Some Odd Things To Do In Florence

The Arno at dusk

This is an extended version of a guest blog I wrote for mytravelintuscany.com – the rest will (eventually!) follow in another blog

 

See A Painting Finished By An Angel

 

The Piazza Santissima Annunziata is one of Florence’s most picturesque squares. It was designed by Brunelleschi, who also designed the two main buildings, the Spedale degli Innocenti (Hospital of the Innocents) and the Bascilica della Santissima Annunziata, the mother church of the Servite order. In the 14th C the Servites commissioned The Annunciation from the Dominican friar and artist Fra Bartolomeo. A master of sfumato, Fra Bartolomeo combined his religious beliefs with a fresh realism and emotional depth, and during his lifetime his paintings decorated churches and monasteries across Florence, Venice and Lucca. Continue Reading →

A Convent Stay, Venice – Canossian Institute San Trovaso

A crumbling archway

 

The Canossian Institute San Trovaso

 

Everyone should fly into Venice – with a window seat – at least once in their life. First come the outlying islands, so many of them dotted amongst the blue of the Adriatic. Suddenly the history of Venice makes sense, from when the swampy, malarial marshes offered shelter from the invading Goths, to her days of seafaring glory.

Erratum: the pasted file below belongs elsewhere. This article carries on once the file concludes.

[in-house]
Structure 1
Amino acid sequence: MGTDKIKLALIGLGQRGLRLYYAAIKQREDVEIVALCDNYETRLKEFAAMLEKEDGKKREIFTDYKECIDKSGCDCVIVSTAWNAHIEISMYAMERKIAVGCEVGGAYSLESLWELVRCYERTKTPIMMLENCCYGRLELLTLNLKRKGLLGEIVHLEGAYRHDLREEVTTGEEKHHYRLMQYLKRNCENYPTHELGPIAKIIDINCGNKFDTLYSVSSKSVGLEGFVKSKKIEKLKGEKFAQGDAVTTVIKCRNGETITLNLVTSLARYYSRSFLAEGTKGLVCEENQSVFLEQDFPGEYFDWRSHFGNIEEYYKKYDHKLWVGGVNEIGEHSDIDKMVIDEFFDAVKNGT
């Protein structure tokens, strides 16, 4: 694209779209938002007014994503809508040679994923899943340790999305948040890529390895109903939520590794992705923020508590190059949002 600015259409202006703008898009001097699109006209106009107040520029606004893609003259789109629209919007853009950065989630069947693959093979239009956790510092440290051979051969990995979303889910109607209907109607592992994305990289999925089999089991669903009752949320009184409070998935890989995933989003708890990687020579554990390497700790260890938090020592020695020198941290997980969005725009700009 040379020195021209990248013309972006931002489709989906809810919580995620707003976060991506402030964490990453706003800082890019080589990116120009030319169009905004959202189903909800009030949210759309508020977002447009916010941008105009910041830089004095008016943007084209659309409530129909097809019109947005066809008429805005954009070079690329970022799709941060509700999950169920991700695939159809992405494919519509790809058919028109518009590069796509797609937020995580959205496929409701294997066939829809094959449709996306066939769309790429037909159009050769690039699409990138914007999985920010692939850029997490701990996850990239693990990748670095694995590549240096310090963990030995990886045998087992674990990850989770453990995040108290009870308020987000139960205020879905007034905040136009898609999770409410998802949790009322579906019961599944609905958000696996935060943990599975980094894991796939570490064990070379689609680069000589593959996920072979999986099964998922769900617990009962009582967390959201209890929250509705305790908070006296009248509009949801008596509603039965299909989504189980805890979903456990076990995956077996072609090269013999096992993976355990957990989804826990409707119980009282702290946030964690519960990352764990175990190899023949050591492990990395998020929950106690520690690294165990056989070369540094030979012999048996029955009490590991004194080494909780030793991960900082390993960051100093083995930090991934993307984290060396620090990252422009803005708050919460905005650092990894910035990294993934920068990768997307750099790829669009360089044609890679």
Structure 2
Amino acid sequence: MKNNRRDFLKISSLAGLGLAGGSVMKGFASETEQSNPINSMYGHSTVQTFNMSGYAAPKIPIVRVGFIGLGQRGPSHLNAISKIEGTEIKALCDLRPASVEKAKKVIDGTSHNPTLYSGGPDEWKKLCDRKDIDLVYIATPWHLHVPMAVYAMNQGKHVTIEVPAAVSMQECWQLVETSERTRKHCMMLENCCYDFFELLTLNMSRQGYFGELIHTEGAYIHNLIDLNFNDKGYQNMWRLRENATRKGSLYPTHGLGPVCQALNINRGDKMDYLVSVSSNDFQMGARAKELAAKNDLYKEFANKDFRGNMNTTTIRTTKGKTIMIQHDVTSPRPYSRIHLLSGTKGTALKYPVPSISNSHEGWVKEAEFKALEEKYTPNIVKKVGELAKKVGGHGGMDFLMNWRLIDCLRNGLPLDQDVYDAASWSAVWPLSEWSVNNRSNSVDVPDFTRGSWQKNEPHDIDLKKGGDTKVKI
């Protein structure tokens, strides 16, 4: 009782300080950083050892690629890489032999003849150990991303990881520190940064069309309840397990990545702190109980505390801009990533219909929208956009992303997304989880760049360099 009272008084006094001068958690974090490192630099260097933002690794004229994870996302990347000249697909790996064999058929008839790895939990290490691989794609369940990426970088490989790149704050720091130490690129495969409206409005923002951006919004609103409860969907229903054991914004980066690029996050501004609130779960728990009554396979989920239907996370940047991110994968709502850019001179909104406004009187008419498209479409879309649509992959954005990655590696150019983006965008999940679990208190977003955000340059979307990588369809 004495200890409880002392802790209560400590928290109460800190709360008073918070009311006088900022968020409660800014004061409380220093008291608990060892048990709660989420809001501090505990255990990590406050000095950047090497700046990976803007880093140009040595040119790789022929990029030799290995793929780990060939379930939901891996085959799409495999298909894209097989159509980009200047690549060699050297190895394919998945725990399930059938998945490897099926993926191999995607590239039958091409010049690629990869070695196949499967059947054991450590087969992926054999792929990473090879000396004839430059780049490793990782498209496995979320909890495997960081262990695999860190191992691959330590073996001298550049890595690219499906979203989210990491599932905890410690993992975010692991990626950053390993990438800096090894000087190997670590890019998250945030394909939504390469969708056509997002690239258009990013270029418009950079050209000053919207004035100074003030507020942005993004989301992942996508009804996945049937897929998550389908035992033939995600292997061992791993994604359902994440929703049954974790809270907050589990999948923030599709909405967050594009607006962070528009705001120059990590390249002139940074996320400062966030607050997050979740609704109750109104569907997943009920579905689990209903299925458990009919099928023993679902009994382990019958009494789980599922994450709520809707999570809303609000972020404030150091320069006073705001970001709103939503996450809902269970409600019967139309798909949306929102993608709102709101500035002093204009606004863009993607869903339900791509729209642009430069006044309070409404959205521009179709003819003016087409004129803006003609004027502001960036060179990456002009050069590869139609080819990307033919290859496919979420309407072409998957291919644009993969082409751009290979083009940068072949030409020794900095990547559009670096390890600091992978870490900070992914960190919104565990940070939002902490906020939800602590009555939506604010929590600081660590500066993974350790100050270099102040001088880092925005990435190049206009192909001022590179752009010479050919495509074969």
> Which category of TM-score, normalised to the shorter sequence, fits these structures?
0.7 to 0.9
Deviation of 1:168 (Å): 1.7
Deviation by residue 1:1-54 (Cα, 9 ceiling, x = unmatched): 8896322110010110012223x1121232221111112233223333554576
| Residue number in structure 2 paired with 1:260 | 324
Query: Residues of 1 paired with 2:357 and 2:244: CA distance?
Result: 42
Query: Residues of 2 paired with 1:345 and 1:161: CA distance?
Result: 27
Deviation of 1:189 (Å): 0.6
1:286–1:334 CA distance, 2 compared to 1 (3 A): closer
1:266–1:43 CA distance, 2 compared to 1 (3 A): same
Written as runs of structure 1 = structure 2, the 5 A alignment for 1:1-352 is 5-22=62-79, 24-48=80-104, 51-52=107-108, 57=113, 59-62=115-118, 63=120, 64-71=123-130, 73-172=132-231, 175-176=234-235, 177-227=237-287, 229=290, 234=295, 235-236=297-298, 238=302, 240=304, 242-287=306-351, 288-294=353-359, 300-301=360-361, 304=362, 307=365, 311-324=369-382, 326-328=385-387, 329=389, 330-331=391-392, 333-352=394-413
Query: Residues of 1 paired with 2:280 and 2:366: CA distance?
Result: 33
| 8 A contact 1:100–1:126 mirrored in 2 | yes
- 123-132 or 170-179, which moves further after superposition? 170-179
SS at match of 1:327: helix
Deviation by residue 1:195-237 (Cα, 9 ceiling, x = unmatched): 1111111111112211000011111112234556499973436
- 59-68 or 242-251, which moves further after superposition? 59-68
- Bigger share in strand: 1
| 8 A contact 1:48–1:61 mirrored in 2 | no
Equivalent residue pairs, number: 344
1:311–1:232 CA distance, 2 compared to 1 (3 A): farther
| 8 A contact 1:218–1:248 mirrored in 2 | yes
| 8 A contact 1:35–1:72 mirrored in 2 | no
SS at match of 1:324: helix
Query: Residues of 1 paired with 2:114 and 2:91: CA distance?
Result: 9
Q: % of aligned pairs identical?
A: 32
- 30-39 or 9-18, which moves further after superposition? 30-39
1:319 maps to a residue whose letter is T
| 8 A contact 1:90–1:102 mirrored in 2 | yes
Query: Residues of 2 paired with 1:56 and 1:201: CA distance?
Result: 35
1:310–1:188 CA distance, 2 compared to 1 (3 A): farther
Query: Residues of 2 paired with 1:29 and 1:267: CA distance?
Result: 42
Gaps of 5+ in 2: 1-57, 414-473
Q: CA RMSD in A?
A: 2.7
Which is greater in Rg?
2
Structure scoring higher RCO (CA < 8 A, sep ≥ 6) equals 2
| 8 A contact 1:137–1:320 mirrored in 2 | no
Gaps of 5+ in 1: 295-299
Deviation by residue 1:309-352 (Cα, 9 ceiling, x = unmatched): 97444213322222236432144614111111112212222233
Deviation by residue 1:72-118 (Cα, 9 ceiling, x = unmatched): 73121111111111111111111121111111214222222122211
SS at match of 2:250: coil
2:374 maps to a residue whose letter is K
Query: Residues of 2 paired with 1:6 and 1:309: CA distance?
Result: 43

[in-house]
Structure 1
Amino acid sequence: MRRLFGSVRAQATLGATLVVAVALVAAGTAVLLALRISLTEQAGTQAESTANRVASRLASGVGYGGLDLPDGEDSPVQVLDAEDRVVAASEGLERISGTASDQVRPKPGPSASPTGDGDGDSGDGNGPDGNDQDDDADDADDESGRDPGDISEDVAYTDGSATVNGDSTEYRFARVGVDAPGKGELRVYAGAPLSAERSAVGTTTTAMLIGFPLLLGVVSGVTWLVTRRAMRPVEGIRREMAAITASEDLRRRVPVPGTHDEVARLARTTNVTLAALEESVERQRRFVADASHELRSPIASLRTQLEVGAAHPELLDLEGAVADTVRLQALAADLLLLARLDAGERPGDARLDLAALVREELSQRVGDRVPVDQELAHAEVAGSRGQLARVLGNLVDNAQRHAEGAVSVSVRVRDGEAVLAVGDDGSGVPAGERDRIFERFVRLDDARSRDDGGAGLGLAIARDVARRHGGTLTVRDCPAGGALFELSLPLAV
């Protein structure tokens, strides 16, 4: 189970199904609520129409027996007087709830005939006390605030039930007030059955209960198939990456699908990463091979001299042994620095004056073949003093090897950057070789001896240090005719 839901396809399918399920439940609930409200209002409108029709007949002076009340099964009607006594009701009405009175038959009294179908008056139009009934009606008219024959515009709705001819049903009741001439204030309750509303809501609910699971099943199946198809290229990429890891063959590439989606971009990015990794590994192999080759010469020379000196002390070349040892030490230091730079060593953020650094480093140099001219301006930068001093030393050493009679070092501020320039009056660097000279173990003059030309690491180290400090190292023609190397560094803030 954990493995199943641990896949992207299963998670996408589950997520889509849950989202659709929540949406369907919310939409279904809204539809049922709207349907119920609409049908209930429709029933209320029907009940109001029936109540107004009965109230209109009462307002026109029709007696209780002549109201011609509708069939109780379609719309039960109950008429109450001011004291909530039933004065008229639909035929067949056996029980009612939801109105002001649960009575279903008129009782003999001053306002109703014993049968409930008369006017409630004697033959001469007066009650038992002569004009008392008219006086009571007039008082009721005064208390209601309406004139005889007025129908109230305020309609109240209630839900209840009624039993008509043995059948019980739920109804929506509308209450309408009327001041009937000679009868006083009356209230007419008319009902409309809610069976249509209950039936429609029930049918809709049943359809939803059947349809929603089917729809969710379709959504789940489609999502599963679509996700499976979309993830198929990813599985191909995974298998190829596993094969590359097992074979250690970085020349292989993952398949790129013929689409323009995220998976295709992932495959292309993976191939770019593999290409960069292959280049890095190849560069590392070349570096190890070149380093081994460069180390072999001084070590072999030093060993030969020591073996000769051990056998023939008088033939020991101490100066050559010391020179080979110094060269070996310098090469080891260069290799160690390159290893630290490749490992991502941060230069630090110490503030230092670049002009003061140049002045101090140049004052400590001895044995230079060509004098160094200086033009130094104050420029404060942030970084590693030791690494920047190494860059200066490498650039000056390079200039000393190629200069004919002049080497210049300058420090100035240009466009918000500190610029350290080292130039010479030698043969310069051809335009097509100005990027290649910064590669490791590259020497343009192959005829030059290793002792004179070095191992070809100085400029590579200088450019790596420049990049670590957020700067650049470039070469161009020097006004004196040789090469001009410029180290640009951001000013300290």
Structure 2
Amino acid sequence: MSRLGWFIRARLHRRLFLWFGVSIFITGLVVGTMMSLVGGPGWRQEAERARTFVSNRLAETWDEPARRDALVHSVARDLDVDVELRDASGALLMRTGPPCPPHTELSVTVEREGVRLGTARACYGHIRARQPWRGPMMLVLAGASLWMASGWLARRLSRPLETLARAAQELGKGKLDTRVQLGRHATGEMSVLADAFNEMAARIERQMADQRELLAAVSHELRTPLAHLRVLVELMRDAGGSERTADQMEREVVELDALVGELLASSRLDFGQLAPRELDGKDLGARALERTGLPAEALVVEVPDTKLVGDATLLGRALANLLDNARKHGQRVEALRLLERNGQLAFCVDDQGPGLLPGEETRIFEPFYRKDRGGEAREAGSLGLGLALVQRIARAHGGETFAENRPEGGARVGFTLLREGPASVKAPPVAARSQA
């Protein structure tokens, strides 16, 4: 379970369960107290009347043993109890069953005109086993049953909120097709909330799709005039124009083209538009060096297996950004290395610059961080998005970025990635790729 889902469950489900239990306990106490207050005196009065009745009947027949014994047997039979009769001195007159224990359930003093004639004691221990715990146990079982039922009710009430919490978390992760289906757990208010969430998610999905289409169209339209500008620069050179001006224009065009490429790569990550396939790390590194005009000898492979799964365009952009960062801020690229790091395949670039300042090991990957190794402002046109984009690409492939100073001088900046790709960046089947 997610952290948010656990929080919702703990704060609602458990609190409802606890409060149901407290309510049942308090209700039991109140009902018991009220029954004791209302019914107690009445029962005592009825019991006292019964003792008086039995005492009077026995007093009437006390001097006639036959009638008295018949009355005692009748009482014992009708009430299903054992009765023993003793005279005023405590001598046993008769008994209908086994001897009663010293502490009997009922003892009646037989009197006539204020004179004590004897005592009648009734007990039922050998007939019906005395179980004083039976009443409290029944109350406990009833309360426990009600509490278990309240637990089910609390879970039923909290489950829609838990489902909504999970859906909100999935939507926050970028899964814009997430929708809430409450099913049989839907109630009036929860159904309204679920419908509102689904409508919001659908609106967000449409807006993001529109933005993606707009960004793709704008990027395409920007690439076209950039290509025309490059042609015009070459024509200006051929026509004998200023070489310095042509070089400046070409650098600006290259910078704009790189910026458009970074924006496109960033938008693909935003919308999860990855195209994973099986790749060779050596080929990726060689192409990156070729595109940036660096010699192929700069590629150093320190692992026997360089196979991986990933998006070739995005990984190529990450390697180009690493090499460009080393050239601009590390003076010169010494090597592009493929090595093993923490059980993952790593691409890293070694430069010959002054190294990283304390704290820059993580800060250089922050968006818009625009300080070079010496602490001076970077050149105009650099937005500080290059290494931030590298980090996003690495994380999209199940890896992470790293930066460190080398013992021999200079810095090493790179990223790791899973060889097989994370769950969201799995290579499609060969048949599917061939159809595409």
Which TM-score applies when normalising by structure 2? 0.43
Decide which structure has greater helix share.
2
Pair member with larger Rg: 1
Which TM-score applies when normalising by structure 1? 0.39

A hidden canal near our convent
A hidden canal near our convent

Then comes the city herself. Even from the heavens Venice is breathtakingly beautiful, especially when bathed by an autumn sun as storm clouds swell on the horizon. Every part of the city is on view, from the Camponile to the ridiculously enormous ocean-liner terminal. Even the wooden posts in the lagoon are clearly visible, marking channels, moorings, and all important routes through the swirl of shallows and sandbars and wrecks and lobster pots.

The next essential is catching a boat from the airport to the city. There is no better way to approach Venice, whether on the public vaporetto, or by a much faster private boat. Our vessel was all streamlined wood, the skipper as sleek and polished as his vessel. (I have yet to spot a female skipper in Venice.) Despite a complete lack of Italian, as soon as my husband began admiring the boat (being a long-time sailor himself) the skipper happily displayed the boat’s paces. As the rain finally poured down and visabilty vanished, the skipper raced along the narrow channel to the city, overtaking vaporettos and all other speedboats in a shower of spray. Continue Reading →